structure of joints 20 and 22, further discussion thereof
sorbing properties of this resilient support be required
is deemed unnecessary.
to be increased, either the‘ size of the fluid cavity therein 60 The center bearing 56 is secured to an end portion 57
may be increased or said cavity may be vented to the
atmosphere to allow a bleed type of action. The size of
the cavity in proportion to the mass of plastic material
in the support may be varied within wide ranges to pro
duct a resilient bearing support of any desirable shock
absorbing characteristics.
A major object of this invention is to provide a re
silient support for the frictionless bearing adjacent the
center universal joint of a split or sectional propeller
shaft which resilient support absorbs vibration and move
ment of said center bearing without transmitting any sig
ni?cant portion thereof to the frame.
of drive shaft segment 10 by means of a collar 58 and
bolt '60. Collar 58 is integral with universal joint 20 and
is splined at 62 to portion 57 of drive shaft segment 10
to rotate therewith. Bearing 56 is provided with an outer
race or housing 64 which is frictionally or adhesively
secured in a bearing mounting portion 66 in the aperture
68 of resilient spacer 70 said portion comprising an an
nular retaining groove. Attachment means 72 secures
annular support bracket 74 to the frame 76 of the vehicle.
A ?uid cavity 78 is provided in member 70 and substan
tially concentrically surrounds the bearing housing 64.
This cavity may be made air tight by adhesively securing
3,053,584
3
the outer edge 80 of member 70 to the inner edge 82 of
member 74. As aforesaid, should it be desired to alter
the cushioning or shock absorbing ability of member 70
for a particular application the size of cavity 78 may be
altered and/ or suitable bleeds such as shown by 84 and/ or
96 in FIGURE 5 may be provided at several points
around member 70. Member 70 may be made of natu
ral rubber or rubberlike material such as the synthetic
Buna N rubbers, neoprene, etc.
The essential characteristic of member 70 is that it is
capable of rolling about cavity 78 without substantially
stressing or compressing the rubber material. This prop
erty allows greater shock absorbing qualities and longevity
4
sleeve cavity being connected to the atmosphere by bleed
port means that pierce Wall portions of the spacer sleeve.
2. A split shaft center bearing mount comprising a sup
port bracket having a substantially horizontally extending
bearing supporting sleeve, a spacer sleeve of substantially
rectangular cross sectional peripheral con?guration
formed of rubber-like material mounted concentrically
Within said bracket sleeve, said spacer sleeve having an
internal cavity extending circumferentially thereof that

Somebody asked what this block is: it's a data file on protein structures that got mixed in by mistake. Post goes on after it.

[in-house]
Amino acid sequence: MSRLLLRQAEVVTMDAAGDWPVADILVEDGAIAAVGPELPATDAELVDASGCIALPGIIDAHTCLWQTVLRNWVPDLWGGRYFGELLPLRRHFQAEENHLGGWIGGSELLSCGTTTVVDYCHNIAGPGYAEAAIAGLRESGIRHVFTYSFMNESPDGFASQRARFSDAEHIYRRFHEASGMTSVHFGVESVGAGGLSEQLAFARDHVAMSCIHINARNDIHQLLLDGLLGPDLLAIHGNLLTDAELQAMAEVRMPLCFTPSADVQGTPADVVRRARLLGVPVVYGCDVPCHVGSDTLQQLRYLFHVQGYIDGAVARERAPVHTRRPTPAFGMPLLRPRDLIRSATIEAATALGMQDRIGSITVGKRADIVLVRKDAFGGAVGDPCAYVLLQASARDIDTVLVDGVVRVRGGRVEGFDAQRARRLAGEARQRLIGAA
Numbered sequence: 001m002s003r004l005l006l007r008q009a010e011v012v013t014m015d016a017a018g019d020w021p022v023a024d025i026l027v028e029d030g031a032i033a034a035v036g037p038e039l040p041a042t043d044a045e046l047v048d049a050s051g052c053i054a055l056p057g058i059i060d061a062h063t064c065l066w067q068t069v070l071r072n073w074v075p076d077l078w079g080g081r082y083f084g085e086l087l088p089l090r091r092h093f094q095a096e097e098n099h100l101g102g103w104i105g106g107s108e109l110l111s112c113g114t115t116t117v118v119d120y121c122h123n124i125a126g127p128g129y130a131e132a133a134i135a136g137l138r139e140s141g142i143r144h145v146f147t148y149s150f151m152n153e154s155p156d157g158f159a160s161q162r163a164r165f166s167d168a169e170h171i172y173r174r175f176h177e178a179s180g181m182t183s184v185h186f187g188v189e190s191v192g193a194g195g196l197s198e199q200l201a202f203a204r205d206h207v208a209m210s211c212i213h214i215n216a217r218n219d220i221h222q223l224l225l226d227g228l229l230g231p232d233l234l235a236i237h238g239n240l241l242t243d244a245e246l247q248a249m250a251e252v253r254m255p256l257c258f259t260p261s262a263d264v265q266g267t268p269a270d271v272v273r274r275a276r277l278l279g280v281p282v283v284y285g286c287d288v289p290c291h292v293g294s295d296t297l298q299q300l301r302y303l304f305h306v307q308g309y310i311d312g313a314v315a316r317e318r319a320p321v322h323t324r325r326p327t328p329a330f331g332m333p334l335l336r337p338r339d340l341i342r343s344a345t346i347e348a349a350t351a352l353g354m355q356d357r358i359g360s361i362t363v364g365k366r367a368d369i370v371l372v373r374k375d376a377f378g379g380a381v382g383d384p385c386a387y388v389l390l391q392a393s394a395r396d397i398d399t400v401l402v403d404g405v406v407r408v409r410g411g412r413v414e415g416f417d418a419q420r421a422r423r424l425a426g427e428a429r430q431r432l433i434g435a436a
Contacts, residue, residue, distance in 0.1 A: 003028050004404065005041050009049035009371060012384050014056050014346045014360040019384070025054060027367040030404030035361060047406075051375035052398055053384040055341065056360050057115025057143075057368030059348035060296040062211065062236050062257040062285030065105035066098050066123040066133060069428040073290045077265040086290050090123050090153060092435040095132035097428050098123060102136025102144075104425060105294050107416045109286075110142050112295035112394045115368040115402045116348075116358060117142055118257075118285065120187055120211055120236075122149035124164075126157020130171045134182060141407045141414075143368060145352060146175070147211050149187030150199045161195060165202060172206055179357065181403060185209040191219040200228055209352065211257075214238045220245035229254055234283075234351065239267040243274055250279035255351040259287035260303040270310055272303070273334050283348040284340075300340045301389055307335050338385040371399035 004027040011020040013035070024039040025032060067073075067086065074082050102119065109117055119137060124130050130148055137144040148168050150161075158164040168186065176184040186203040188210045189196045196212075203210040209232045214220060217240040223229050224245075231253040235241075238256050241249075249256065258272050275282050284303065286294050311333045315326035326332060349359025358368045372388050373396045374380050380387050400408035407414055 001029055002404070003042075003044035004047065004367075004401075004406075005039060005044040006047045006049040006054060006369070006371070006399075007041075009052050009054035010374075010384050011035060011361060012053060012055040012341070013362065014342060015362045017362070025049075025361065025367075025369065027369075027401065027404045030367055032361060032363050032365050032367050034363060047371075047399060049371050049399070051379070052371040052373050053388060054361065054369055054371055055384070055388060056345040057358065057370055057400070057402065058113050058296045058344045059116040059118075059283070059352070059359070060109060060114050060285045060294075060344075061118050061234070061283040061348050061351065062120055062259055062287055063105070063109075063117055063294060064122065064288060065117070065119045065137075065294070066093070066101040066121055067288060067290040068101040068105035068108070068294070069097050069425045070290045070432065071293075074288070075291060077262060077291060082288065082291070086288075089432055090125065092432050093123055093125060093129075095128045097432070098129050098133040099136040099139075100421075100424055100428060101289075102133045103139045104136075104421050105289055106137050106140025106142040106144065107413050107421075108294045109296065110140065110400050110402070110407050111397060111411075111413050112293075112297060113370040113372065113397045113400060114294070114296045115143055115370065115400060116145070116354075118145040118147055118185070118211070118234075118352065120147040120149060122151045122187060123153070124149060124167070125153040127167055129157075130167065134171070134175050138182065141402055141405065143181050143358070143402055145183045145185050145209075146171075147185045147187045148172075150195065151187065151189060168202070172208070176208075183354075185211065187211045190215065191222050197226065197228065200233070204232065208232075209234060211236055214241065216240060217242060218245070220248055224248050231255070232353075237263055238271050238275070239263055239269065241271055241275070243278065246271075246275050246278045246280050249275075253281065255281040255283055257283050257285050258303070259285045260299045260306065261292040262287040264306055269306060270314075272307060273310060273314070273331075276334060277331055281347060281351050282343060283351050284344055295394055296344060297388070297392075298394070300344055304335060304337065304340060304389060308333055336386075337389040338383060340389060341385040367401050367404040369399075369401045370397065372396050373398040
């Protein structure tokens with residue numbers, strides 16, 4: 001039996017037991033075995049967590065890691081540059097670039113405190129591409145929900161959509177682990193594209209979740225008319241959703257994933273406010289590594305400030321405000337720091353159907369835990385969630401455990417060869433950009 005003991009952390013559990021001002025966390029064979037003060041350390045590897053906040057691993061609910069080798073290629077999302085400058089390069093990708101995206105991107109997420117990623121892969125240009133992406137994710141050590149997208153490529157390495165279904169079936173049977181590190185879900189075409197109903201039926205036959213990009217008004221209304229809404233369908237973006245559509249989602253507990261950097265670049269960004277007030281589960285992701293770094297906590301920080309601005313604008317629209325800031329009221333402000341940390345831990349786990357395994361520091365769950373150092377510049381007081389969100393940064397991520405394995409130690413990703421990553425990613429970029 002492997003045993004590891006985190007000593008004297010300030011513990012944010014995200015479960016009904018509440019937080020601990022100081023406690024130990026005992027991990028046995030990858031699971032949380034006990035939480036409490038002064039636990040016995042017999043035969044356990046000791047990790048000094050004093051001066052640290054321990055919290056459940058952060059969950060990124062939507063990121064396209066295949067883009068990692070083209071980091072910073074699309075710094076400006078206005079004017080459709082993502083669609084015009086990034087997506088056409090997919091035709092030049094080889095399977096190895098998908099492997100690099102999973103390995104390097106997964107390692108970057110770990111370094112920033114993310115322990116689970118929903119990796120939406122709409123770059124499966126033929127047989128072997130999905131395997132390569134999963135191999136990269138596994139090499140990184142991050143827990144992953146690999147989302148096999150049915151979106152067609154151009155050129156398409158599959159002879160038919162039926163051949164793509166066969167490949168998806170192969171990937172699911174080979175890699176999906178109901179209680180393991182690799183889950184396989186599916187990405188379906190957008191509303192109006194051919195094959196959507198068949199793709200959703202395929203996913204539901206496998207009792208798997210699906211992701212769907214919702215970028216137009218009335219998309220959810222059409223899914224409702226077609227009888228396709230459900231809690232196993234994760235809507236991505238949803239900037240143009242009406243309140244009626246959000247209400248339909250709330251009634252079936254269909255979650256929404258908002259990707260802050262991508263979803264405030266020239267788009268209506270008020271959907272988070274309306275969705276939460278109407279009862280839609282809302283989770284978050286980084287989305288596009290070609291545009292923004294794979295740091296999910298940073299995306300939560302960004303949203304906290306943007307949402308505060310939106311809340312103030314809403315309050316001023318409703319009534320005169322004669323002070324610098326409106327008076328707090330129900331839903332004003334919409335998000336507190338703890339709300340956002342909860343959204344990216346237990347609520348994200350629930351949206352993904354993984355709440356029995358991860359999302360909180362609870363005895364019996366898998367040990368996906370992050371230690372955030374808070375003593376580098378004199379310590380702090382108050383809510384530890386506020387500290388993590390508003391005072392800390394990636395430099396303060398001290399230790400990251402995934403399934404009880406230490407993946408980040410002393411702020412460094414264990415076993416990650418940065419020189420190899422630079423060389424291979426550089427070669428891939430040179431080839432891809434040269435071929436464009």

is at least half the width of the spacer sleeve and of
substantial thickness, said cavity being of inverted T
shaped cross section with the head of the T extending
axially and the T-stem extending radially outwardly, the
inner peripheral surface of said spacer sleeve having a
of the support member 70.
circumferentially extending groove therein providing a
15
In FIGURE 6, the ?uid cavity 78 of member 70 is par
bearing retaining seat, said spacer sleeve internal cavity
tially defined by tapered shoulders or cam surfaces 87
being of such size and shape that the surrounding side
which increase the size of cavity 78 to allow for greater
lateral movement of rear wall 79 toward member 74.
Moreover, the bearing of Wall 79 against cam surfaces 87
will urge portions 89 of member 701 toward the opposite
open ends of member 74. Such an arrangement increases
the shock absorption character of member 70‘.
I claim:
1. A split shaft center bearing mount comprising a
support bracket having a substantially horizontally ex 25
tending bearing supporting sleeve, a spacer sleeve of sub
stantially rectangular cross sectional peripheral con?gura
tion formed of rubber-like material mounted concentrical
ly within said bracket sleeve, said spacer sleeve having an
internal cavity extending circumferentially thereof that
is at least half the width of the spacer sleeve and of
substantial thickness, the inner peripheral surface of said
spacer sleeve having a circumferentially extending groove
therein providing a bearing retaining seat, said spacer
sleeve internal cavity being of such size and shape that 35
the surrounding side Wall portions of the spacer sleeve
provide radially extending leg portions that are sufficiently
?exible to permit the bearing supported in the mount
spacer sleeve groove to shift freely in all directions with
out unduly stressing the spacer sleeve material, said spacer 40
wall portions of the spacer sleeve radially extending leg
portions that are sufficiently ?exible to permit the bearing
supported in the mount spacer sleeve groove to shift
freely in all directions Wtihout unduly stressing the spacer
sleeve material, said spacer sleeve cavity being connected
to the atmosphere by bleed port means that pierce wall
portions of the spacer sleeve.
References Cited in the ?le of this patent
UNITED STATES PATENTS
2,081,237
2,092,291
2,195,647
2,308,969
2,614,896
Jantsch _____________ __ May 25,
Olsen _______________ __ Sept. 7,
Guy ________________ __. Apr. 2,
Biesing ______________ __ Ian. 19,
Pierce _______________ __ Oct. 21,
1937
1937
1940
1943
1952
2,825,213
Dunn ________________ __ Mar. 4, 1958
2,851,314
2,906,572
2,933,354
Thomson ____________ __ Sept. 9, 1958
Wroby _____________ __ Sept. 29, 1959
Primeau ____________ __ Apr. 19, 1960
66,979
France _____________ __ May 13, 1957
FOREIGN PATENTS
(1st addition to 1,102,771)
UNITED STATES PATENT OFFICE
CERTIFICATE OF CORRECTION
Patent No. 3,053,584
1
September 11, 1962
George E. Dunn
It is hereby certified that error appears in the above numbered pat
ent requiring correction and that the said Letters Patent should read as
corrected below.
Column 1, line 3, for "particular" read -— particularly
——; column 2, line 42w for "4" read -— 24 -=-—; column 3, line
6, for "96" read —— 86 ——; column 4, line 18‘ after "sleeve"
insert —— provide —-; line 21, for "wtihout" read
—-
without
—~—.
Signed and sealed this 9th day of April 1963.
(SEAL)
Attest:
ESTON G. JOHNSON
Attesting Officer
DAVID L. LADD
v
'
I
Commissioner of Patents